‘Tis the season of holiday music, breath vapour, and year-end reporting. Earlier this year, the government introduced two unique subsidies to support small businesses during the pandemic — the 10% Temporary Wage Subsidy (TWS) and Canada Emergency Wage Subsidy (CEWS). Now that it’s year-end, what are you supposed to do?
We teamed up with Juliet Aurora, co-founder of AIS Solutions and Kninja Knetwork, to help spell out as much as we can about this alphabet soup and bring everyone up to speed on all things TWS and CEWS.
How is everyone feeling about year-end 2020?
We began the webinar with a quick poll. The results — 74% of you feel like year-end 2020 will be a similar exercise in confusion and persistence. Shockingly, only 20% of you said that you felt like your head was going to explode.
10% Temporary Wage Subsidy (TWS) — An overview.
This program is now over, but you can still claim retroactively as long as the earnings were within the three month period.
The 10% Temporary Wage Subsidy (TWS) was announced in early March to immediately improve cash flow for business owners for a period of three months. The subsidy is equal to 10% of the remuneration paid during the eligible period (from March 18, 2020 to June 18, 2020) up to a maximum subsidy of $1,375 per employee and $25,000 per employer.
Note: The amount is based on the number of employees, not the gross amount on each employee.
How Wagepoint built-in the TWS.
Soon after the subsidy was announced, Wagepoint implemented a function in the app to help eligible users automate the 10% Temporary Wage Subsidy calculations. One of Juliet’s favourite features is the automatic stop — if users hit the maximum threshold, the app automatically stopped calculating.
How big of a deal was this? Juliet had a first-hand account to share:
“Wagepoint built this subsidy while the payroll software providers we use for one of our clients did nothing. We actually had to do the calculations and send them an email to let them know how much the subsidy was. Not only that, they still deducted the subsidy amount and then sent our client a cheque — which defeated the whole purpose of immediate cash flow. So huge shout out to Wagepoint for building this into their software so quickly!”
CEWS 1.0 — An overview.
This program is still in effect. You can continue to claim your subsidies until December 31, 2020.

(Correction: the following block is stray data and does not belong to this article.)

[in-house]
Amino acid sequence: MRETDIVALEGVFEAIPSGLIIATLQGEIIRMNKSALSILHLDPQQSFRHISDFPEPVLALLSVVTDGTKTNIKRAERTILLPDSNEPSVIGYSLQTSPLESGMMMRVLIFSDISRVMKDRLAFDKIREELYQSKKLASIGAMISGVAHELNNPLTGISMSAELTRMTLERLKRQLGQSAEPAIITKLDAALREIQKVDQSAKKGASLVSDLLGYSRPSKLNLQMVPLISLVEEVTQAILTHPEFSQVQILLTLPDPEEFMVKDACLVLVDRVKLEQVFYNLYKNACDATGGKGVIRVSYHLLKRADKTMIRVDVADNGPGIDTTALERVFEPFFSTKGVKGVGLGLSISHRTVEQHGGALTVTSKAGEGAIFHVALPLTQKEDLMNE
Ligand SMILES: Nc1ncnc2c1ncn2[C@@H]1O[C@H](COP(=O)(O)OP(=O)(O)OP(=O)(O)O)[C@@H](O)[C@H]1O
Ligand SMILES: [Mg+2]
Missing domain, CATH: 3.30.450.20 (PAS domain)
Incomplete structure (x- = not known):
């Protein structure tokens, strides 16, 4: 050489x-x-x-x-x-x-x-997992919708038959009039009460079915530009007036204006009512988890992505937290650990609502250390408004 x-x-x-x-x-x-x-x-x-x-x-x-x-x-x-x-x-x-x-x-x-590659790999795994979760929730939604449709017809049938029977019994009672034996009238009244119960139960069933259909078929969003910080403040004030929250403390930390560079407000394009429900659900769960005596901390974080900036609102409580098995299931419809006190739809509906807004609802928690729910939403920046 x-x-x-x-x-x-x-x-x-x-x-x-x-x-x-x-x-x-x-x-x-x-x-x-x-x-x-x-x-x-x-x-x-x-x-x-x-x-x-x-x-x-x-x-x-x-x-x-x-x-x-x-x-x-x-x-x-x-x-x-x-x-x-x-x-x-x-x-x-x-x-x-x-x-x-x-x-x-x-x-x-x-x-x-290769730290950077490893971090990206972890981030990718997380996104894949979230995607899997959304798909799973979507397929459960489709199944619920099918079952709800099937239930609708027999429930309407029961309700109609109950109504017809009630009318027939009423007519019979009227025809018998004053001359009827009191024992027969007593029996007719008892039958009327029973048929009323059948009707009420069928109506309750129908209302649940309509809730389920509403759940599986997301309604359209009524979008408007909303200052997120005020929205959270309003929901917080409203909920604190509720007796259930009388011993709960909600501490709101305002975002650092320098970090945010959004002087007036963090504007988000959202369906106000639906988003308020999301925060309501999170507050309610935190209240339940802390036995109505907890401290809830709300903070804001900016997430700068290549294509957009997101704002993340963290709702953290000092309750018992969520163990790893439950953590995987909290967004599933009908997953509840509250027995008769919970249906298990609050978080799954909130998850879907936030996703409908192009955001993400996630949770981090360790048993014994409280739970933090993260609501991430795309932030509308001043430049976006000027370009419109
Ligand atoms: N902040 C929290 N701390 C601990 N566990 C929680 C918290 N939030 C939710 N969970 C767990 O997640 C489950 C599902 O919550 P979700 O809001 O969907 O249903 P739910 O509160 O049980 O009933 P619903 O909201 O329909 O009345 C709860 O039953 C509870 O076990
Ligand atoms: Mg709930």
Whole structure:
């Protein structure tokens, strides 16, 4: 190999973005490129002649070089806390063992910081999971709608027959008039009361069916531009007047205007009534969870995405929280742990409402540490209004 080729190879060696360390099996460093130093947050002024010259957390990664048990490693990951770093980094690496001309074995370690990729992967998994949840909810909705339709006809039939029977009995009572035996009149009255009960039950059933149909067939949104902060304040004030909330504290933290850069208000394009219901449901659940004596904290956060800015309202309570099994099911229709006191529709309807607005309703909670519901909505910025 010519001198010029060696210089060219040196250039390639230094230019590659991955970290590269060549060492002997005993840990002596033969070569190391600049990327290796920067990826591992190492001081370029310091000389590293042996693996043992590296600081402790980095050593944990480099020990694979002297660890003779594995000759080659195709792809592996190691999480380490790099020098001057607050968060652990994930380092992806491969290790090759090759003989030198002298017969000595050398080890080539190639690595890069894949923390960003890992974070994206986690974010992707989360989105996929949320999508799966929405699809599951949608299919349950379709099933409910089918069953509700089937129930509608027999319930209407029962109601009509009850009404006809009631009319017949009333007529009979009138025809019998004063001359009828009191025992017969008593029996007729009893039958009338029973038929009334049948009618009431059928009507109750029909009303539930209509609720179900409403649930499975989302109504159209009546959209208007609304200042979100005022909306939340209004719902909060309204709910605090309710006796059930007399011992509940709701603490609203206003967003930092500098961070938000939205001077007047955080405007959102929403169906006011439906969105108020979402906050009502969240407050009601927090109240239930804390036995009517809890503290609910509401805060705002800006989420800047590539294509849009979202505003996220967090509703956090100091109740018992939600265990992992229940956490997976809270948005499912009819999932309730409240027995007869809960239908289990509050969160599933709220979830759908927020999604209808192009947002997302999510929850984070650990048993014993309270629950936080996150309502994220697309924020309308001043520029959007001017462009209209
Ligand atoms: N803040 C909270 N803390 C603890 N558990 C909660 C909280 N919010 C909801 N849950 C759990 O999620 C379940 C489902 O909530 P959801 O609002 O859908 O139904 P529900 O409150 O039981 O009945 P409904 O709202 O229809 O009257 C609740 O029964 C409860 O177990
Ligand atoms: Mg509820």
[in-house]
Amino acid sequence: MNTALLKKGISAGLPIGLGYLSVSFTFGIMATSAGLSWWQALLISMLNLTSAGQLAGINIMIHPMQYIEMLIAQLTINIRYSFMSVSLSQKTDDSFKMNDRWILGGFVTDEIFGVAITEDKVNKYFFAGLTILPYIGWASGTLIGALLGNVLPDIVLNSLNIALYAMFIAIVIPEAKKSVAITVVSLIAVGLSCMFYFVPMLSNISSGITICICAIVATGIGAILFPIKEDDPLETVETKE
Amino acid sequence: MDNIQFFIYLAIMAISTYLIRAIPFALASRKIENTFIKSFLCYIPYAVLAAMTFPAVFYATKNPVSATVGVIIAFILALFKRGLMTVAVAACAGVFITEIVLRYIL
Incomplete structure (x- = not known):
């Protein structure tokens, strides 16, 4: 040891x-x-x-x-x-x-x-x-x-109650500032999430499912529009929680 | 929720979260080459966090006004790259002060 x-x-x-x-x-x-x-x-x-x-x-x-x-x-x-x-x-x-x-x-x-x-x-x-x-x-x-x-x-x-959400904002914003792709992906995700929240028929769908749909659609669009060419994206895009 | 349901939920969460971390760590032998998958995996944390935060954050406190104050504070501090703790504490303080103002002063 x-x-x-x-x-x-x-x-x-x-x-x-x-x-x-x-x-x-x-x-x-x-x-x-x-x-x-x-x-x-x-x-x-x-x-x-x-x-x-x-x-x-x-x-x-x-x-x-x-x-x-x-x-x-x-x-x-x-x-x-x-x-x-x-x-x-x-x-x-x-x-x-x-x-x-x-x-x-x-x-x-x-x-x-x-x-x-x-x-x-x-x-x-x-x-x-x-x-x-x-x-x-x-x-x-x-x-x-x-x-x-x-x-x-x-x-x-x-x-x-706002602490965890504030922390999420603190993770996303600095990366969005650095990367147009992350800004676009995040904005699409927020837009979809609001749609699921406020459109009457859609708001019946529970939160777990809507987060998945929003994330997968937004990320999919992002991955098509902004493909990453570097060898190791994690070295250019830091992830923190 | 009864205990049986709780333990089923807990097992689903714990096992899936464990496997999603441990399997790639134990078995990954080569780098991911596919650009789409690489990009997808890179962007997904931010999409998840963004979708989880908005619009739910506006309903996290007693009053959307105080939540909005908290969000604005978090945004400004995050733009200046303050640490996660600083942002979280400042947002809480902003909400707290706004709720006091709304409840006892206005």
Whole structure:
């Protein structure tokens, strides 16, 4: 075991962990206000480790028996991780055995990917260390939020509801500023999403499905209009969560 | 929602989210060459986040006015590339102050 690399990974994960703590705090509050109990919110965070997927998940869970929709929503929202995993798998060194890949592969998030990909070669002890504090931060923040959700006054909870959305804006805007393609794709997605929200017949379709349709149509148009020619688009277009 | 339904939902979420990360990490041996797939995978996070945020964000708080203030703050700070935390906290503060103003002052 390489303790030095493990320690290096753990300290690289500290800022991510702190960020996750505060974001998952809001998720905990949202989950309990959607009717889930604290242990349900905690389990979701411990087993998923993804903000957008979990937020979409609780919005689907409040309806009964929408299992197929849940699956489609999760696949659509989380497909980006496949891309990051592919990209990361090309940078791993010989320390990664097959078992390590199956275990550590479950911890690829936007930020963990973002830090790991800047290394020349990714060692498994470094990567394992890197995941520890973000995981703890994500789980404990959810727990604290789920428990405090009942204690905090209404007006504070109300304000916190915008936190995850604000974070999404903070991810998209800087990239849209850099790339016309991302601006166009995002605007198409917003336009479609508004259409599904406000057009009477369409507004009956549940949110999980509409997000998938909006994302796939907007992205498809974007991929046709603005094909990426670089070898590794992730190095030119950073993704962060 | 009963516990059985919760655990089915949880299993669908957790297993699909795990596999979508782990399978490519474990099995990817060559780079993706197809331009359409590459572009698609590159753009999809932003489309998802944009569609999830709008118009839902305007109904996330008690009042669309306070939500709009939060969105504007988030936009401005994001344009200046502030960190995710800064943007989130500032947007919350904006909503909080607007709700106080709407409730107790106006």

The first version of the Canada Emergency Wage Subsidy (CEW) program provides a 75% wage subsidy for eligible employers up to a maximum of $847 per week. It covered four pay periods from March 15, 2020 to July 4, 2020. The government also announced a 100% refund for employer-paid contributions to EI and CPP/QPP for employees who weren’t working.
Required decline in revenue
Reference period for eligibility
|1||March 15 to April 11||15%||
March 2020 compared to either:
|2||April 12 to May 9||30%||
Eligible for Period 1
April 2020 compared to either:
|3||May 10 to June 6||30%||
Eligible for Period 2
May 2020 compared to either:
|4||June 7 to July 4||30%||
Eligible for Period 3
June 2020 compared to either:
An employer’s eligibility to the program depended on revenue drop. Employers were considered eligible if they have seen a drop of at least 15% of their revenue in March 2020 and 30% for the following months. The government also introduced a deeming rule to provide some stability to businesses — if you qualified for March (period one), then you would automatically qualify for April (period two), and so forth.
CEWS 2.0 — An overview.
The second phase of CEWS is an extension of the program from July 5, 2020 to November 21, 2020 (periods five to nine) — recently extended to period ten, until December 19, 2020. There is also a proposal to extend CEWS until June 2021 which the government has yet to provide an update on.
|1||March 15 to April 11|
|2||April 12 to May 9|
|3||May 10 to June 6|
|4||June 7 to July 4|
|5||July 5 to August 1|